These are the kind of activities, Speaker, that really result in ensuring that we have good support for our farmers, who work extremely hard. By having the Local Food Act, which will give even more shape and expression to such ideas as the ones that are happening in my community of Ottawa Centre, I think we will find even greater opportunities for our farmers and, of course, in my case, the hard-working farmers in eastern Ontario.
So I commend the government for bringing the Local Food Act, because I think it’s in the right direction, and from the point of view of an urban riding like mine, we are hungry for locally produced foods. We want those opportunities, be it through our farmers’ markets, be it through our restaurants. We’re looking forward to those opportunities. If this bill can create those markets, can cultivate those opportunities for our farmers and our cities, I think we’re all better off as a province. So I support this legislation, Speaker. Thank you.
Mr. Jeff Yurek: I’d like to make comment on the Minister of Labour’s bit on the Local Food Act. I think the basic thing we need to do in this province is to make sure that our farmers are able to produce the product, to get it to a market in order to keep themselves in business, and also make them strong so they can pass it down to their next generation and keep the generations of farms going and make them strong. Ernie Hardeman has put forth a white paper to focus on decreasing costs, decreasing red tape and allowing one-window access for farmers to dealing with government agencies.
I’d like to take a few minutes, though, to talk about my own local area, of course. A very good idea that started in Elgin county with the school system is, a local farmer decided to approach the schools in the fall and, using fresh produce of the fall—potatoes, garlic, peppers, some apples—have the students sell them, a package of locally grown food, as a fundraiser instead of the chocolate bars and chips and such that goes on. It has been very, very beneficial.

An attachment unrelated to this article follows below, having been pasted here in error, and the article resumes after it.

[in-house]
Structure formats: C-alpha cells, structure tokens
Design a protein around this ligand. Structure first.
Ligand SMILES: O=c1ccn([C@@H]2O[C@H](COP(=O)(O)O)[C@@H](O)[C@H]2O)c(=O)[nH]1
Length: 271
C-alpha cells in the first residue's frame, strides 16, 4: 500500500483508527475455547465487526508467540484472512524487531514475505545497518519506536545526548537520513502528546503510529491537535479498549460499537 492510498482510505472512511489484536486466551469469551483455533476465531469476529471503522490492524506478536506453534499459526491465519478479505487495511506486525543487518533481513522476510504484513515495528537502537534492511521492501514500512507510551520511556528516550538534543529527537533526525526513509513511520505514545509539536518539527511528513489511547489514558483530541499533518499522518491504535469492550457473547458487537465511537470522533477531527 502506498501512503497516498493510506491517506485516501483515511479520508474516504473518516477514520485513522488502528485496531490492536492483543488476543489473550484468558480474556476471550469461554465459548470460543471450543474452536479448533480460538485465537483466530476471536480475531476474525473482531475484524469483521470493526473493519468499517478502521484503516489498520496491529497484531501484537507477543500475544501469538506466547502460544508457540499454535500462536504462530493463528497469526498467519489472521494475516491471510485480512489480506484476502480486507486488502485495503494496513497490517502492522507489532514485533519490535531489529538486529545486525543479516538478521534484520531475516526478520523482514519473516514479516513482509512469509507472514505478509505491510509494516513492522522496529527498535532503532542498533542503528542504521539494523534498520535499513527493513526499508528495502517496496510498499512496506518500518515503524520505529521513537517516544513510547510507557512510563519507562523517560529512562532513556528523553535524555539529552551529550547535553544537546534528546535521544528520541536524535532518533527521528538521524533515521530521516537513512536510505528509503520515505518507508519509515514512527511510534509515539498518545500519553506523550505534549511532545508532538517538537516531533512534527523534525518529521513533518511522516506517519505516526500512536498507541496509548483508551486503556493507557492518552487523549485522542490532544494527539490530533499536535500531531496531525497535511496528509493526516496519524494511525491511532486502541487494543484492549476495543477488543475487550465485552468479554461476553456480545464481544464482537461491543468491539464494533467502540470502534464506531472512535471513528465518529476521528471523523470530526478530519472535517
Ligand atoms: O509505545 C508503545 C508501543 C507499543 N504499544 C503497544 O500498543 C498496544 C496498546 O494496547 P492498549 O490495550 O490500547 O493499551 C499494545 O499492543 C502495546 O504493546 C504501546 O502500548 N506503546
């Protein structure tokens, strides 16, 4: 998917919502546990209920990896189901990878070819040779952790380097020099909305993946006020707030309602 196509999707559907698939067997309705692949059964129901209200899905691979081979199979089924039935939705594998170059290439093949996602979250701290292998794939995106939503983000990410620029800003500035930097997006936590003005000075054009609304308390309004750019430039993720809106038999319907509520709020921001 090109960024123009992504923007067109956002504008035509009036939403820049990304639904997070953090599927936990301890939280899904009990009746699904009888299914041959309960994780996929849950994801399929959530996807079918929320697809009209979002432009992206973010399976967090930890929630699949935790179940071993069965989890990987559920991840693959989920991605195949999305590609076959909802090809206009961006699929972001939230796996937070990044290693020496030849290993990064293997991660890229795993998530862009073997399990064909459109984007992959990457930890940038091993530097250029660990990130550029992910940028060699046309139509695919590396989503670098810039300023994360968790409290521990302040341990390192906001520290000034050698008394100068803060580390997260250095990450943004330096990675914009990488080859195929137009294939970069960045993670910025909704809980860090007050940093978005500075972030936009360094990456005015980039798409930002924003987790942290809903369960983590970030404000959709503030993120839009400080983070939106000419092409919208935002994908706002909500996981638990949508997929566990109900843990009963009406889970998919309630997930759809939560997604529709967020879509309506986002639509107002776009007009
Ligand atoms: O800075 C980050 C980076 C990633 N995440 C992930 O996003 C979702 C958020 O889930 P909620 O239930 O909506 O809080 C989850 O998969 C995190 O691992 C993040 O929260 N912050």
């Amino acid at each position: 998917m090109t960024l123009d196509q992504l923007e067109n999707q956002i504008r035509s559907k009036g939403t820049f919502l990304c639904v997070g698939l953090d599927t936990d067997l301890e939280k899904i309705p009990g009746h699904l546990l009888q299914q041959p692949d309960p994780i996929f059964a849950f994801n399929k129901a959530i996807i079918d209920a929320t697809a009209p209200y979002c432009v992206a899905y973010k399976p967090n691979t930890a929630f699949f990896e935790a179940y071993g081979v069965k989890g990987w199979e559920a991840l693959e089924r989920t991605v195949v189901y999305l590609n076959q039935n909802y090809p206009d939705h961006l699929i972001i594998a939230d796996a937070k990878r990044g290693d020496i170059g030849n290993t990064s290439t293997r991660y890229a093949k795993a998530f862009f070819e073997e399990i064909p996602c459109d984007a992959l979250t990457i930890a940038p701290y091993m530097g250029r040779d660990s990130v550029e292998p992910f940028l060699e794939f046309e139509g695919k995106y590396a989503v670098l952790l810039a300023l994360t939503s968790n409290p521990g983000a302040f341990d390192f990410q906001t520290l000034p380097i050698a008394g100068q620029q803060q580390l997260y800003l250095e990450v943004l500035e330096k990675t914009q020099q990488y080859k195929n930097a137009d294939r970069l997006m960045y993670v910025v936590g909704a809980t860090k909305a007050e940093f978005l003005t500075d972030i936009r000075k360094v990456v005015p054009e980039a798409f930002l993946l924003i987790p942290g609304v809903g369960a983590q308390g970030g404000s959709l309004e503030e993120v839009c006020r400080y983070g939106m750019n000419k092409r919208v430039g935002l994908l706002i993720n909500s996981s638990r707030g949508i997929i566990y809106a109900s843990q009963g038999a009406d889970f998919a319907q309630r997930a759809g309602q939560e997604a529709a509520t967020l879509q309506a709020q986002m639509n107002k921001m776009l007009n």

I would think the government should take a look—the Minister of Education is here—at that program. Maybe promoting that would be the best way to promote local foods throughout the province. You can do it in late spring, when we have some berries and such growing. You can do it in the fall, when we have the potatoes and root products that are being produced. I think that’s an excellent idea.
I’ll also make a quick comment to the Horton market that’s available in St. Thomas and has been going on for decades. Something my family does every Saturday morning is go and pick our vegetables and fruit for the week during the summer. It’s an excellent time.
It’s also my time, as an MPP, to get the gauge of people in my community. In my own community. I have the president of OFA—I bump into him, time to time. Last year I had the president of the Home Builders’ Association; I had him talking from time to time. I’ve got the president of SWEA. So I make good use—the farmers’ product is actually allowing me to take care of the other aspects of my constituency at the same time.
Ms. Teresa J. Armstrong: We’re kind of discussing farmers’ markets, and I feel very fortunate in London that we have huge farmers’ markets, an abundance of farmers’ markets, which just goes to show the need for local food in cities. Those farmers’ markets are very well supported by people coming in every week, every weekend. People enjoy Saturday morning, going for breakfast; I know a lot of people do that. They go for breakfast, and then they go to the local farmers’ market and stock up on all the local foods and meats that they have for the week.
I also wanted to talk about, sometimes with food—we’re talking about how great food is and, of course, that’s a given. But there’s people, a lot of time, who are unfortunate and have to use food banks, or they can’t afford food.
I’m going to an event this week coming up; it’s called the Soup and Bread event. It happens at the Covent market, which is in the heart of downtown London. Last year I went to that event, and what they do is they provide food to people who are on social assistance, so they can’t really afford food, or there are people who are actually the homeless. It’s a homeless initiative by the Homeless Coalition in London. People just come in—it’s held outside, rain or shine—and they are able to take home a bag of groceries.
It’s wonderful that we have a local food initiative happening as well, but we seem to forget that we need to make sure that we have everyone be able to afford food and have access to food. So congratulations to the Soup and Bread event for putting that on and to the Covent market for hosting it. I look forward to it.